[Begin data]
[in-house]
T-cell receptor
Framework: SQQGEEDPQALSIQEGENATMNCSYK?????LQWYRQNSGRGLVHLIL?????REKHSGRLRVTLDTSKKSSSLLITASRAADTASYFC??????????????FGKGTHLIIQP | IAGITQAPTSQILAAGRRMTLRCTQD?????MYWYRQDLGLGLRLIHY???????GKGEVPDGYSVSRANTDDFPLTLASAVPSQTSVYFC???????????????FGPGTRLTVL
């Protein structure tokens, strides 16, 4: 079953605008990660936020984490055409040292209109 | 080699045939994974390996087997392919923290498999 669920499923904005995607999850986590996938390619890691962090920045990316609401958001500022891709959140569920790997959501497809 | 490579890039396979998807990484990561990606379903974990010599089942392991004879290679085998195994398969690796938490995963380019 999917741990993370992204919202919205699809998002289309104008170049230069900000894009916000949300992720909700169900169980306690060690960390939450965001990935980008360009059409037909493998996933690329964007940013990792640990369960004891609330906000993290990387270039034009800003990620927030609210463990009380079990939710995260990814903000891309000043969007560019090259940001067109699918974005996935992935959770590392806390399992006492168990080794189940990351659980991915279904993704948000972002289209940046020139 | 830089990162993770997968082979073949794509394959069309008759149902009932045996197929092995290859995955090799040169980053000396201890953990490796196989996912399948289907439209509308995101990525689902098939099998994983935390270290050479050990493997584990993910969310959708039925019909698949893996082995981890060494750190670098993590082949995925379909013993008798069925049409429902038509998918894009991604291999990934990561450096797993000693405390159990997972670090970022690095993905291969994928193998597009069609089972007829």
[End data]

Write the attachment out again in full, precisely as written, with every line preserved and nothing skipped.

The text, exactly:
[in-house]
T-cell receptor
Framework: SQQGEEDPQALSIQEGENATMNCSYK?????LQWYRQNSGRGLVHLIL?????REKHSGRLRVTLDTSKKSSSLLITASRAADTASYFC??????????????FGKGTHLIIQP | IAGITQAPTSQILAAGRRMTLRCTQD?????MYWYRQDLGLGLRLIHY???????GKGEVPDGYSVSRANTDDFPLTLASAVPSQTSVYFC???????????????FGPGTRLTVL
């Protein structure tokens, strides 16, 4: 079953605008990660936020984490055409040292209109 | 080699045939994974390996087997392919923290498999 669920499923904005995607999850986590996938390619890691962090920045990316609401958001500022891709959140569920790997959501497809 | 490579890039396979998807990484990561990606379903974990010599089942392991004879290679085998195994398969690796938490995963380019 999917741990993370992204919202919205699809998002289309104008170049230069900000894009916000949300992720909700169900169980306690060690960390939450965001990935980008360009059409037909493998996933690329964007940013990792640990369960004891609330906000993290990387270039034009800003990620927030609210463990009380079990939710995260990814903000891309000043969007560019090259940001067109699918974005996935992935959770590392806390399992006492168990080794189940990351659980991915279904993704948000972002289209940046020139 | 830089990162993770997968082979073949794509394959069309008759149902009932045996197929092995290859995955090799040169980053000396201890953990490796196989996912399948289907439209509308995101990525689902098939099998994983935390270290050479050990493997584990993910969310959708039925019909698949893996082995981890060494750190670098993590082949995925379909013993008798069925049409429902038509998918894009991604291999990934990561450096797993000693405390159990997972670090970022690095993905291969994928193998597009069609089972007829």